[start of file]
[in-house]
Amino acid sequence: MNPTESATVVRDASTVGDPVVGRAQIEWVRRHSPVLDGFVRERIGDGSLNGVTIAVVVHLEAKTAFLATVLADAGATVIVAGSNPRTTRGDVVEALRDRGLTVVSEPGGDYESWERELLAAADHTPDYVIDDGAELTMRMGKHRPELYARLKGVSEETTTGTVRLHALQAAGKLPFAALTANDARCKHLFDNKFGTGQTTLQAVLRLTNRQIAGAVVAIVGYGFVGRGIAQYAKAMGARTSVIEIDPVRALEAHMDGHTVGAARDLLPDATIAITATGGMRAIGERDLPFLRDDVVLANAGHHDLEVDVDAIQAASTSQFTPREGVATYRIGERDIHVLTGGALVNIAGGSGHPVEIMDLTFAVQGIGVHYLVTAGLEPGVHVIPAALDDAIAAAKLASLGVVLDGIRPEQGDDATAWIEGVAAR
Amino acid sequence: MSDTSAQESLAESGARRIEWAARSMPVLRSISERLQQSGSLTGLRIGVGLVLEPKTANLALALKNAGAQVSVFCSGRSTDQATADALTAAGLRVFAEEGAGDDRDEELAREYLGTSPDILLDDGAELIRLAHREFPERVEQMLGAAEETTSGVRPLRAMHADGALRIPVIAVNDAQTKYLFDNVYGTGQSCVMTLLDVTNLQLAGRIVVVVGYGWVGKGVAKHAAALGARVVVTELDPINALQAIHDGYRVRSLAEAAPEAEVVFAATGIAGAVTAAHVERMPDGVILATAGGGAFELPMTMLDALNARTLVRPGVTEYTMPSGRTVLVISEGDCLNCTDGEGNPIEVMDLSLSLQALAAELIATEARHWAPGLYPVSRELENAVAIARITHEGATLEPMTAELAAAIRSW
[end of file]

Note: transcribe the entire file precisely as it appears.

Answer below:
[in-house]
Amino acid sequence: MNPTESATVVRDASTVGDPVVGRAQIEWVRRHSPVLDGFVRERIGDGSLNGVTIAVVVHLEAKTAFLATVLADAGATVIVAGSNPRTTRGDVVEALRDRGLTVVSEPGGDYESWERELLAAADHTPDYVIDDGAELTMRMGKHRPELYARLKGVSEETTTGTVRLHALQAAGKLPFAALTANDARCKHLFDNKFGTGQTTLQAVLRLTNRQIAGAVVAIVGYGFVGRGIAQYAKAMGARTSVIEIDPVRALEAHMDGHTVGAARDLLPDATIAITATGGMRAIGERDLPFLRDDVVLANAGHHDLEVDVDAIQAASTSQFTPREGVATYRIGERDIHVLTGGALVNIAGGSGHPVEIMDLTFAVQGIGVHYLVTAGLEPGVHVIPAALDDAIAAAKLASLGVVLDGIRPEQGDDATAWIEGVAAR
Amino acid sequence: MSDTSAQESLAESGARRIEWAARSMPVLRSISERLQQSGSLTGLRIGVGLVLEPKTANLALALKNAGAQVSVFCSGRSTDQATADALTAAGLRVFAEEGAGDDRDEELAREYLGTSPDILLDDGAELIRLAHREFPERVEQMLGAAEETTSGVRPLRAMHADGALRIPVIAVNDAQTKYLFDNVYGTGQSCVMTLLDVTNLQLAGRIVVVVGYGWVGKGVAKHAAALGARVVVTELDPINALQAIHDGYRVRSLAEAAPEAEVVFAATGIAGAVTAAHVERMPDGVILATAGGGAFELPMTMLDALNARTLVRPGVTEYTMPSGRTVLVISEGDCLNCTDGEGNPIEVMDLSLSLQALAAELIATEARHWAPGLYPVSRELENAVAIARITHEGATLEPMTAELAAAIRSW